01:39 GMT +319 June 2019
Listen Live
    Residents chant slogans during a protest against goverments decision on deploying a US THAAD anti-missile defense unit in Seongju, South Korea, July 13, 2016

    THAAD Dilemma: Seoul's Safety Assurances 'Nothing But Enforcement'

    © REUTERS / Lee Jong-hyun/News1 via REUTERS
    Asia & Pacific
    Get short URL
    0 86

    Assuring that the planned deployment of the US THAAD system in South Korea is safe and that people should trust the government, Seoul is trying to force people to say "yes" to the missile network, Noh Taemaeong of the local Association of Physicians for Humanism told Sputnik.

    In an interview with Sputnik, Noh Taemaeong of South Korea's Association of Physicians for Humanism blamed Seoul for issuing safety assurances about the planned deployment of a US THAAD (Terminal High Altitude Area Defense) system in South Korea's Seongju County. It has urged people to trust the government in this issue, showing that Seoul is trying to force people to say "yes" to the deployment, according to him.

    Earlier this month, South Korea and the United States announced that they'd agreed to deploy the THAAD system with the US military stationed in South Korea to counter North Korea's alleged missile threat. The system is expected to be online in late 2017.

    In the interview, Noh said that residents of Seongju are actually in the dark about who will pay for the maintenance of the THAAD system and its characteristics in terms of security.

    "Statements about the harmful impact of electronic waves from THAAD radars may be an exaggeration, but the yes-everything-will-be-fine-trust-us mantra is nothing but enforcement. People should receive security from the state and the government, not seek confirmation of security," he said.

    He added that "if the government cannot provide simple and clear scientific evidence [of the THAAD system's safety], it is necessary to immediately suspend its deployment."

    Noh was echoed by a young man from Seongju, who, speaking to Sputnik on condition of anonymity, lashed out at the South Korean Prime Minister and other officials over their allegations about coming to Seongju and persuading residents to agree to THAAD's deployment.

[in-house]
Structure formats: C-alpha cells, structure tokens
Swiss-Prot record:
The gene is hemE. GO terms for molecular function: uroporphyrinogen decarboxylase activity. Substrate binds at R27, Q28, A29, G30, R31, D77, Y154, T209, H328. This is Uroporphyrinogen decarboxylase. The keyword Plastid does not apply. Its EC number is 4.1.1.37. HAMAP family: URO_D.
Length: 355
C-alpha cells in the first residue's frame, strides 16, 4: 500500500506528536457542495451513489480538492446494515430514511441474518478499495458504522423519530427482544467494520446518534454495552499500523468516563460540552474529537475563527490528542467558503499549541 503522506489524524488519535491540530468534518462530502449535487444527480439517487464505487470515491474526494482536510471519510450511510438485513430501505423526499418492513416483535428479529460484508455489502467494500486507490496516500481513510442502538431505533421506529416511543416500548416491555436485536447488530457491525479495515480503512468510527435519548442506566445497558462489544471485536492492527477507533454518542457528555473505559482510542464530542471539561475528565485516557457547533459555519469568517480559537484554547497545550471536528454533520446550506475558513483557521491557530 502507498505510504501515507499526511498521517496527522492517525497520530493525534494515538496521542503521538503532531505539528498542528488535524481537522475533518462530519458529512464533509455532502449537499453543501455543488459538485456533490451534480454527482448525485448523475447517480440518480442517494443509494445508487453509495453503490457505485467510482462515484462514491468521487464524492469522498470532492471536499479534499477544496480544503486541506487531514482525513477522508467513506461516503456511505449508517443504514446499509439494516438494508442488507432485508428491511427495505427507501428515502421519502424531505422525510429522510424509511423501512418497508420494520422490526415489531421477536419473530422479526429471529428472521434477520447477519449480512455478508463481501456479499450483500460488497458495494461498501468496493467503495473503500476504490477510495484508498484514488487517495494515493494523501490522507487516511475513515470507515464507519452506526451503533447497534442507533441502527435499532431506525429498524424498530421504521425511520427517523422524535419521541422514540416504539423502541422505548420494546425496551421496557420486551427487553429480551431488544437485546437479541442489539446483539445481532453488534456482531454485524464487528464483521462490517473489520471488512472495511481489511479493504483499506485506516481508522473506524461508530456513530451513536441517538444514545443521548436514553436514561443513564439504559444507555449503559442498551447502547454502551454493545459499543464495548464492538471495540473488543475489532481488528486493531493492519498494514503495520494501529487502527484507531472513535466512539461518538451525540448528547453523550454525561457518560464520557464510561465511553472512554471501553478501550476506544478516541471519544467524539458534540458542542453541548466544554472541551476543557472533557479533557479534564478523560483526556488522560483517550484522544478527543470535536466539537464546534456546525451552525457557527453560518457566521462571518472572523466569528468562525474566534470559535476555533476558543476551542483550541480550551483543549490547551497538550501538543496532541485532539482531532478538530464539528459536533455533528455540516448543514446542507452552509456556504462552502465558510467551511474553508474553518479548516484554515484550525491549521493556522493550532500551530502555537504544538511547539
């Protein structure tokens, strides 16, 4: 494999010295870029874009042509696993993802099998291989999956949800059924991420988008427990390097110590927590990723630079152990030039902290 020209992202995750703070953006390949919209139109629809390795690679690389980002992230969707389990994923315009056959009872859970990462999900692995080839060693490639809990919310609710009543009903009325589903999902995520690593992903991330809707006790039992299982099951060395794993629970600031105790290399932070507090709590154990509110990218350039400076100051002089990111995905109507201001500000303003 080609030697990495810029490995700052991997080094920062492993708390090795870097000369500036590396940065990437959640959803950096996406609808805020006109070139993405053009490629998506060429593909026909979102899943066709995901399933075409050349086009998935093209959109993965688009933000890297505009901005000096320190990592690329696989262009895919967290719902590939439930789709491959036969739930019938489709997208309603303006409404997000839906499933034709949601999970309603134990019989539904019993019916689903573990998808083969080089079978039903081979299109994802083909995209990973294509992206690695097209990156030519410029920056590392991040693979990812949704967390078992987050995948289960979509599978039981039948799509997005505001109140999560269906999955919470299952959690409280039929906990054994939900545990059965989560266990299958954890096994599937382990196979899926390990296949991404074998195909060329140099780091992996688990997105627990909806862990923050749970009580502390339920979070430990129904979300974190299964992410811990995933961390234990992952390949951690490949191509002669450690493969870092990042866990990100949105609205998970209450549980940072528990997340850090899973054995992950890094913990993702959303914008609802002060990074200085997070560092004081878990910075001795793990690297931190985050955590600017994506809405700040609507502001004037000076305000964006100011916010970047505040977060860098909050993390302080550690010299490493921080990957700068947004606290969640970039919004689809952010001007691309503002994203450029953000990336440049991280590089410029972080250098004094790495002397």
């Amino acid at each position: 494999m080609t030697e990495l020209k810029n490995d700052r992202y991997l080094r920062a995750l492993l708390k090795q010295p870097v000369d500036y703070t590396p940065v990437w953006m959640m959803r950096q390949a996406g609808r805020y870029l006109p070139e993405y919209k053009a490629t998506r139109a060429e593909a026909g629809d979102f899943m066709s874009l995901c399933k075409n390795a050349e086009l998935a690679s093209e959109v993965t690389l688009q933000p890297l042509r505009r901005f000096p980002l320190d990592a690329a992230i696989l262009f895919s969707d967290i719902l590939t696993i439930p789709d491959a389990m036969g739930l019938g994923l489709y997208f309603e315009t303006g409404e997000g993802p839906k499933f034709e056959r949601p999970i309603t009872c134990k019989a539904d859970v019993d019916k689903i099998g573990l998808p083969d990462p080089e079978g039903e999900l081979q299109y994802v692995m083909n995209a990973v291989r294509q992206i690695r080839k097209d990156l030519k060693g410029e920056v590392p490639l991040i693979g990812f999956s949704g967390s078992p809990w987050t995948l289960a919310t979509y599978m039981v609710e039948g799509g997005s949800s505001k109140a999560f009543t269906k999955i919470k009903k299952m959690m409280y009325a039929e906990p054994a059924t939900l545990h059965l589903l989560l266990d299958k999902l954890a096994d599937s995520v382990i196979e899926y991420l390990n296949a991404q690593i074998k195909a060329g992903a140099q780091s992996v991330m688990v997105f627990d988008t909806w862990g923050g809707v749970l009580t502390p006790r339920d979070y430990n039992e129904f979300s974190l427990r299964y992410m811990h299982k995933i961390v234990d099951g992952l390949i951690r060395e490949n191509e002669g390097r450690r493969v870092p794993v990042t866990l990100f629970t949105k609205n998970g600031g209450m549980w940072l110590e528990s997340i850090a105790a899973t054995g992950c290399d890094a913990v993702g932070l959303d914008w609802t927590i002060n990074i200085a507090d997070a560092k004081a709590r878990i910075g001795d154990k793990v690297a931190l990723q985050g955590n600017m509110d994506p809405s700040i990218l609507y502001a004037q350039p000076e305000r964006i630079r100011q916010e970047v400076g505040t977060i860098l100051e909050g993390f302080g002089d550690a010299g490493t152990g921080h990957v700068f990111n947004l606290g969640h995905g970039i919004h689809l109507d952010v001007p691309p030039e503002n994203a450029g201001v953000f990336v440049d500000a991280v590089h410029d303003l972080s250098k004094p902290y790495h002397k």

"Convincing comes during a negotiation process when the final decision is still pending. As for us, we had just been informed," he said.

    In a recent interview with the newspaper Kyunghyang Shinmun, chairman of Seongju County Kim Hangon said that a decision to deploy the THAAD system has never been coordinated with local authorities. He said that no one elaborated on the possible harmful effects of electromagnetic radiation due to the THAAD system, and that he learned about the deployment from the media.

    "This is why it is small surprise that Seongju residents are highly concerned about the deployment," he said.

    Two Terminal High Altitude Area Defense (THAAD) interceptors are launched during a successful intercept test
    © REUTERS / U.S. Department of Defense, Missile Defense Agency/Handout
    In an interview with Sputnik earlier this month, Moscow-based defense expert Konstantin Sivkov said that THAAD's radar is very powerful and that exposure to its electromagnetic radiation could cause serious harm to nearby residents and could contaminate crops.

    Meanwhile, Oh Mi Chong, general secretary of the Organization of Solidarity for Peace and Reunification of Korea, warned that the decision to deploy the US missile defense system on the Korean Peninsula was putting the lives of millions of South Koreans at risk.

    Russia and China also believe that the move will destabilize the situation in the region.

    Related:

    Why South Koreans’ THAAD Radiation Fears Are ‘Fully Justified’
    US to Reveal THAAD to S Korean Reporters on Monday Amid Health Risks Fears
    South Koreans Throw Bottles at Prime Minister in Protest Over THAAD
    US THAAD Systems to Protect Up to 2/3 of South Korean Territory
    Tags:
    deployment, security, radars, government, missile defense, safety, THAAD, South Korea
    Community standardsDiscussion
    Comment via FacebookComment via Sputnik